The Farm Household Allowance (FHA) program provides time-limited, means-tested income support to farmers and their partners experiencing financial hardship. Farmers are eligible for the FHA for 4 years (recorded as a 1,460 day clock) in every 10 year period (beginning 1 July 2014).

Previously, FHA recipients’ income estimate was reconciled annually through a process called business income reconciliation (BIR). The BIR determined whether a recipient received a ‘top up’ payment, no adjustment or incurred a debt. If an individual incurred an FHA debt for a full day’s payment, the clock was re-credited before any repayment was made. For example, if a person had a debt raised for 30 days of payment this in effect means those days were not payable and would have 30 days added back to their clock. While the BIR was removed in 2020, some FHA recipients incurred debts from this process between 1 July 2015 and 30 June 2020 or have not yet completed the BIR process for that period and may incur a debt.

The Bill would permanently waive the repayment of certain classes of debts for FHA recipients arising from the BIR process for FHA payments between 1 July 2015 and 30 June 2020. It would also ensure that a recipient’s clock is not re-credited if they choose to have their debt waived. This includes the refund of debts already paid in full or in part.

In practice, this would mean that where the Secretary waives a debt relating to the payment of FHA, the number of days for which FHA may be payable to the recipient would be reduced by a corresponding amount. In other words, where a person’s debt relates to the payment of 25 days of FHA, the waiver of this debt would reduce the number of days on the recipient’s clock by 25 days. This ensures that the waiver of debt does not result in a person receiving both the benefit of a waiver and the benefit of re-credited days which could result in them receiving more than the maximum 1,460 days for which they are eligible.

The Bill would assist farmers suffering financial hardship and eliminate the negative effects of the BIR process.

Human rights implications

The Bill may engage the following rights under the International Covenant on Economic, Social and Cultural Rights (ICESCR):

·          Article 11(1) - right to an adequate standard of living

·          Article 6 - right to work

Right to an adequate standard of living

Article 11(1) of the ICESCR recognises the right to an adequate standard of living, including food, water and housing. States have an obligation to ensure the availability and accessibility of the resources necessary for the progressive realisation of this right. The UN Committee on Economic, Social and Cultural Rights has stated that the core content of the right to adequate food implies both the availability and (economic and physical) accessibility of food.

The livelihood of FHA recipients is subject to a range of factors beyond their control including natural disasters such as bushfires, flooding and drought. The Bill seeks to support the livelihood of FHA recipients experiencing financial hardship by waiving debts related to the BIR process for the period 1 July 2015 to 30 June 2020. The BIR process was removed from legislation in 2020 following an independent review of the FHA which found it was overly complex and confusing. Waiving BIR debts reduces uncertainty for farmers in hardship who may not yet have completed the BIR process for this period and may incur debts for those financial years. It also provides financial assistance to FHA recipients who have had a debt raised for this period and would no longer have to repay that debt, including repayment of debts already paid in full or in part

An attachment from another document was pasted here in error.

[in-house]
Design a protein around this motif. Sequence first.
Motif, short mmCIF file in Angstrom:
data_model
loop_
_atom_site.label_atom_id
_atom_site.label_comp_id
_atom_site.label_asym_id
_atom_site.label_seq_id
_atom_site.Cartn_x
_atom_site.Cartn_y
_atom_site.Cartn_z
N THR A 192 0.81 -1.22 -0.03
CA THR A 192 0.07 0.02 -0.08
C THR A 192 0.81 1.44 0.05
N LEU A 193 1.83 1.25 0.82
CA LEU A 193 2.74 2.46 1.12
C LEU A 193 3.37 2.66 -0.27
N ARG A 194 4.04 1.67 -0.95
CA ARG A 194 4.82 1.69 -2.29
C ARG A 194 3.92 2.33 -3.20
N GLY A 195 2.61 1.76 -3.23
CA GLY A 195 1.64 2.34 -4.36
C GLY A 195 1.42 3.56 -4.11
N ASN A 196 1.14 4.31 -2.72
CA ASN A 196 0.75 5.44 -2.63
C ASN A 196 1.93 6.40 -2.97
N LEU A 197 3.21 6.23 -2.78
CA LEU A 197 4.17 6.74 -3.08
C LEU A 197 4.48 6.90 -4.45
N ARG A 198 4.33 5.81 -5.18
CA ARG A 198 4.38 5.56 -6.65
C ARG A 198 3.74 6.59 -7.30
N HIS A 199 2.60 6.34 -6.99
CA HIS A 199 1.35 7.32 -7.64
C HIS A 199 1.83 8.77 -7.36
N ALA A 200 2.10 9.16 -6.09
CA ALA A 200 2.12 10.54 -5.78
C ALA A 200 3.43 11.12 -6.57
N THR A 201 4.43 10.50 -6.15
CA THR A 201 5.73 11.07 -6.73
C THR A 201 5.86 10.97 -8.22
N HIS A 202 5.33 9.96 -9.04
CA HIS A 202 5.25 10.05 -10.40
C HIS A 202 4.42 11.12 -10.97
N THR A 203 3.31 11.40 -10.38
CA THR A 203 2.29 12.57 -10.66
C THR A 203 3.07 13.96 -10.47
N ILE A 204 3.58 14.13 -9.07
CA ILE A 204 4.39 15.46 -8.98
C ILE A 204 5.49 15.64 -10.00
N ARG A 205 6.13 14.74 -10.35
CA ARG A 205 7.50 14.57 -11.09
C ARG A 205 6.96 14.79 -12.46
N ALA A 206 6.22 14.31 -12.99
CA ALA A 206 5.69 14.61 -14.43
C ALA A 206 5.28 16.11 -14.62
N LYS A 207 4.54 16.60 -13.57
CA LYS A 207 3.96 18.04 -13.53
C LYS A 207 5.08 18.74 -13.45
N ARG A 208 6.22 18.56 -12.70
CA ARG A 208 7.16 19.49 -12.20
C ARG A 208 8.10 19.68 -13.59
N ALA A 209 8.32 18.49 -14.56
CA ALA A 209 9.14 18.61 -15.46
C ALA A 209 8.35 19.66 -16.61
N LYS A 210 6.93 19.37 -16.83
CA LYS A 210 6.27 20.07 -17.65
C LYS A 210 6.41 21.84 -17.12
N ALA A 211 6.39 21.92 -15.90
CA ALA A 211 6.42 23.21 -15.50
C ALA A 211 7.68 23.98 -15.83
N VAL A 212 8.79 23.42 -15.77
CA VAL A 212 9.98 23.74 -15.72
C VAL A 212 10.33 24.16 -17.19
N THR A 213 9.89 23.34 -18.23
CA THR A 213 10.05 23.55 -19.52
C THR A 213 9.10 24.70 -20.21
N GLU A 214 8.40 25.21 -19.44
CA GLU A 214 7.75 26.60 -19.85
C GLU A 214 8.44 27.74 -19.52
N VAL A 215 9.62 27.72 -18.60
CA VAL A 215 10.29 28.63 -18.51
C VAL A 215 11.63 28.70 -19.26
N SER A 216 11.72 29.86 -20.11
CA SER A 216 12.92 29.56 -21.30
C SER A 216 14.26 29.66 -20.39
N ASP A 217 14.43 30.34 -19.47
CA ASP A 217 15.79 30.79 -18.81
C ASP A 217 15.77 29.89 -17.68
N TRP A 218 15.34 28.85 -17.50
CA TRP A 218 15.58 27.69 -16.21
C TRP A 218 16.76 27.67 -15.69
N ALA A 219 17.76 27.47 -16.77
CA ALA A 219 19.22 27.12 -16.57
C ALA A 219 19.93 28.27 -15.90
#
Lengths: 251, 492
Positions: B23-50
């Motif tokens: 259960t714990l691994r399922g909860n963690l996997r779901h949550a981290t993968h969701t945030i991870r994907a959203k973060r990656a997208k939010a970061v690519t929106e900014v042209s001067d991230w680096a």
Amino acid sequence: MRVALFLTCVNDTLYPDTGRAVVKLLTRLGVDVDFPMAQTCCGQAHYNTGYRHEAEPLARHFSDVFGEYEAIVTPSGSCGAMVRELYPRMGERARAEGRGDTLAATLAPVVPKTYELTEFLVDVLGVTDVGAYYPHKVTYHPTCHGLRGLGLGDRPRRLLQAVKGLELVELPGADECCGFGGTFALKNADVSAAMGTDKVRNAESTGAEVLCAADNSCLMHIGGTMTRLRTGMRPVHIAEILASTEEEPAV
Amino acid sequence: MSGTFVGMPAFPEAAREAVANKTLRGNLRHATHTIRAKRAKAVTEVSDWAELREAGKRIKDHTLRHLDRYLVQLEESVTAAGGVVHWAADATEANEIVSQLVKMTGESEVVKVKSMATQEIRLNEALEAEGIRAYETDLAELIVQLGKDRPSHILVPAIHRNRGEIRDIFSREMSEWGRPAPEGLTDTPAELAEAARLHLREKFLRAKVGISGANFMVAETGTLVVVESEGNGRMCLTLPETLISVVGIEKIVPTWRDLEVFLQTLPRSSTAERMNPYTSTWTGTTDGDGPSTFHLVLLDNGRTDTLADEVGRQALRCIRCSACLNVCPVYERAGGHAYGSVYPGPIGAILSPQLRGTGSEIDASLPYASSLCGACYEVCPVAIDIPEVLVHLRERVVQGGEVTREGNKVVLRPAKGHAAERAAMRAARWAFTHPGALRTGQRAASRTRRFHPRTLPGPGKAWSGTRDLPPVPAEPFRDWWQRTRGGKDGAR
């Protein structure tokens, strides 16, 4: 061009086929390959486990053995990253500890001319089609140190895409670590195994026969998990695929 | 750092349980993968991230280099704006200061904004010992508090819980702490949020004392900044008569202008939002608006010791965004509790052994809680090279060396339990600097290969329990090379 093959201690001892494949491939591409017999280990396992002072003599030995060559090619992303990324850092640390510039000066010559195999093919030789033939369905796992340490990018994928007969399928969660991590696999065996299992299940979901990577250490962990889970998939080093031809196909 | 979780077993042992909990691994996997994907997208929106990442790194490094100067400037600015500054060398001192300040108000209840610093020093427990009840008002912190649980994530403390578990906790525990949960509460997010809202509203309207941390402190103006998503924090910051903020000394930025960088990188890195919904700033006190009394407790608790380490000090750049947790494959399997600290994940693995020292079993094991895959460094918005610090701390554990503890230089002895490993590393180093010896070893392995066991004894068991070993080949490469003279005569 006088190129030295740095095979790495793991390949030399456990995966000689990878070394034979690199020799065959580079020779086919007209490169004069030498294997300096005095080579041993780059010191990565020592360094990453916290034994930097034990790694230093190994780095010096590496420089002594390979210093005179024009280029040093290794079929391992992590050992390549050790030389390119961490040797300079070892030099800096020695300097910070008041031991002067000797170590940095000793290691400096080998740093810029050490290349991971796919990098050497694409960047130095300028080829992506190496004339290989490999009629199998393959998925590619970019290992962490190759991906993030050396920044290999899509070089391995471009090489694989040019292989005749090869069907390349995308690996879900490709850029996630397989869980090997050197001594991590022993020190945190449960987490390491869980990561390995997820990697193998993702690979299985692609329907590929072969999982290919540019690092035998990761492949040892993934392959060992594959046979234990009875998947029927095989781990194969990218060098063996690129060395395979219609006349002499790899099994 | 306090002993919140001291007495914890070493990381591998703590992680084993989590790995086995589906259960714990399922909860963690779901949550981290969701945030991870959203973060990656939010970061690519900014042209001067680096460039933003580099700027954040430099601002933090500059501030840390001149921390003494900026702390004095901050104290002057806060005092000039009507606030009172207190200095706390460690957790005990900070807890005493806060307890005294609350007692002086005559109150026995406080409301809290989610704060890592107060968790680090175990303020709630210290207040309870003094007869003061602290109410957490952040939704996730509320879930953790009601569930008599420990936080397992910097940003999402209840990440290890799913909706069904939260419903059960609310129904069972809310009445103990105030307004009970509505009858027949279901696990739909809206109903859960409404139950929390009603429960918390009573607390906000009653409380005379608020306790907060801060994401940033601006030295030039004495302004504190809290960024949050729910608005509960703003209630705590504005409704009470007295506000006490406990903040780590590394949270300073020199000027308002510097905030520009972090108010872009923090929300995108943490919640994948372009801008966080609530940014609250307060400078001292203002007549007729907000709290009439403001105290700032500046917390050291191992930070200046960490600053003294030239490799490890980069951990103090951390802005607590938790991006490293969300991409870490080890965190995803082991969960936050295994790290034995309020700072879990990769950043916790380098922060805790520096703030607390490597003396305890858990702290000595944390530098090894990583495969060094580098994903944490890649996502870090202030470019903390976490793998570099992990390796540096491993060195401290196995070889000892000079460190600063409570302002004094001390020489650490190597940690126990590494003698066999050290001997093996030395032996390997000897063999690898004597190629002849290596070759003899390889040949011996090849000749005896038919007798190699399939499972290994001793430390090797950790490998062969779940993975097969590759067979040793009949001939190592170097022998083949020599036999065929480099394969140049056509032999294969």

To the extent that the Bill reduces uncertainty and supports the livelihood of FHA recipients, the Bill may promote the right to an adequate standard of living in Article 11(1) of the ICESCR.

Right to work

Article 6 of the ICESCR protects the right to work. Article 6(2) provides that, to achieve the full realisation of this right, States should take steps to include “technical and vocational guidance and training programmes, policies and techniques to achieve steady economic, social and cultural development and full and productive employment under conditions safeguarding fundamental political and economic freedoms to the individual”.

While this right does not amount to an obligation to protect particular industries, Australian farmers have endured particular hardship in recent years from a range of factors beyond their control such as flooding and drought. The Bill promotes the right to work by supporting the agricultural and farming industry and removing the risk of an unanticipated debt, alleviating this financial stress and allowing farmers to focus their efforts on the recovery process.

To the extent the Bill supports FHA recipients to achieve steady economic development and recovery and continue to participate in the agricultural and farming industries, the Bill may be seen to promote the right to work in Article 6 of the ICESCR.

Conclusion

The Bill is compatible with human rights because it promotes the rights in Articles 6 and 11 of the ICESCR.

 

The Hon. David Littleproud MP

Minister for Agriculture, Drought and Emergency Management